clock menu more-arrow no yes mobile

Filed under:

Cal Special Teams Roundtable: Evaluating Jeff Genyk

Despite a change in coordinator, Cal's special teams still struggled in 2010.  (Photo by Ezra Shaw/Getty Images)
Despite a change in coordinator, Cal's special teams still struggled in 2010. (Photo by Ezra Shaw/Getty Images)
Getty Images

1. Was Jeff Genyk's special teams units better, the same, or worse than Pete Alamar's?

HydroTech: I know that *statistically* special teams apparently got worse, but I feel like they got better.  What was better?  Kickoff depth was better.  And... that's about it.  On the other hand, kickoff coverage was inconsistent and on the whole was probably slightly worse. Punting was worse, and punt coverage seemed to be slightly worse. Field goal kicking was about the same.  But despite those decreases in performance, I feel like the opportunities were there to be better. The team just missed a tackle here and there or failed to execute.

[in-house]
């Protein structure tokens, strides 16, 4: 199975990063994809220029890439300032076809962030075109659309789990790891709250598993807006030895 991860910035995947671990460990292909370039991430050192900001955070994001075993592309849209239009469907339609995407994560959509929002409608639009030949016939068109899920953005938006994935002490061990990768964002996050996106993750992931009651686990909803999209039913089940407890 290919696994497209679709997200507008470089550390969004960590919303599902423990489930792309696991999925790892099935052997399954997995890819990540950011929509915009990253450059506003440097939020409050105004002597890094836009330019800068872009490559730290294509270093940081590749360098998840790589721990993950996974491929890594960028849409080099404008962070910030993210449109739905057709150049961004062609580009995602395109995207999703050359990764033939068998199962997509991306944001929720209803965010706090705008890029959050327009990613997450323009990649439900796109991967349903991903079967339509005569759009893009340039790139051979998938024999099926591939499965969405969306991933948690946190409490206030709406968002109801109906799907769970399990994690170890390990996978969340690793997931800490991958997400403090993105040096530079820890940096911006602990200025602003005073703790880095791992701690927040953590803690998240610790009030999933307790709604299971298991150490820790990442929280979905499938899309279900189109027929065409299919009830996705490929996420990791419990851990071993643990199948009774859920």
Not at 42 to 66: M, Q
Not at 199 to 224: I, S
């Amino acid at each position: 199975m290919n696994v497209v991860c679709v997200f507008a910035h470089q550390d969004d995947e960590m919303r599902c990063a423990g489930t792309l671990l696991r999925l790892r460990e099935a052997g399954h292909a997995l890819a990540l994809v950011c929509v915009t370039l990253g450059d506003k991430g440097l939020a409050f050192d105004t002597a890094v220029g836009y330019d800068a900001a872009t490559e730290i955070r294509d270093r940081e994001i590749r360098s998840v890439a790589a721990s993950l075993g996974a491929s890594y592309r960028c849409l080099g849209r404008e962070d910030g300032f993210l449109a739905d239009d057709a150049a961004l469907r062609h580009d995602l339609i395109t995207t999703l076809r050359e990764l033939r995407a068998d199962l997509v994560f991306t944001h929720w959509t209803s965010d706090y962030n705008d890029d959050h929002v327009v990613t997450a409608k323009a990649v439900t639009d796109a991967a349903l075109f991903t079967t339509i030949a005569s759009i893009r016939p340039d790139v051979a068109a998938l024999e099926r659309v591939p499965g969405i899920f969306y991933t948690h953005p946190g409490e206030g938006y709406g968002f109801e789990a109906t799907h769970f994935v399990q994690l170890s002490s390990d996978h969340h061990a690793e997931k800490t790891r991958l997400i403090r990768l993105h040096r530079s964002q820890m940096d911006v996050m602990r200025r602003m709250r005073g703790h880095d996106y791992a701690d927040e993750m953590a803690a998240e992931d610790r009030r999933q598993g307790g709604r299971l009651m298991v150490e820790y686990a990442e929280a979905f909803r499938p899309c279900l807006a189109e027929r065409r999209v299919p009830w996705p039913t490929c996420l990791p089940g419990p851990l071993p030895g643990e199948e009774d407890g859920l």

I do feel like Genyk is making an impact though.  His changes can be seen (kickoff coverage formations, PAT protection technique, kickoff depth, punting formations).  The results are hit and miss, but I think he's on the right track.

Kodiak:  I thought that they were better-coached.  They showed a lot more cohesion early in the year, and became more ragged later in the year as injuries and less practice time took their toll.

2. Did you like how Cal played more of their first-teamers on kickoff/punt coverage? Or do you believe there should be a more dedicated special teams unit filled with second-teamers and walk-ons?

HydroTech: The best players should always be on the field at all times whenever reasonably possible.  If that means starters do special teams, then so be it.  Of course, the more time players are on the field, the more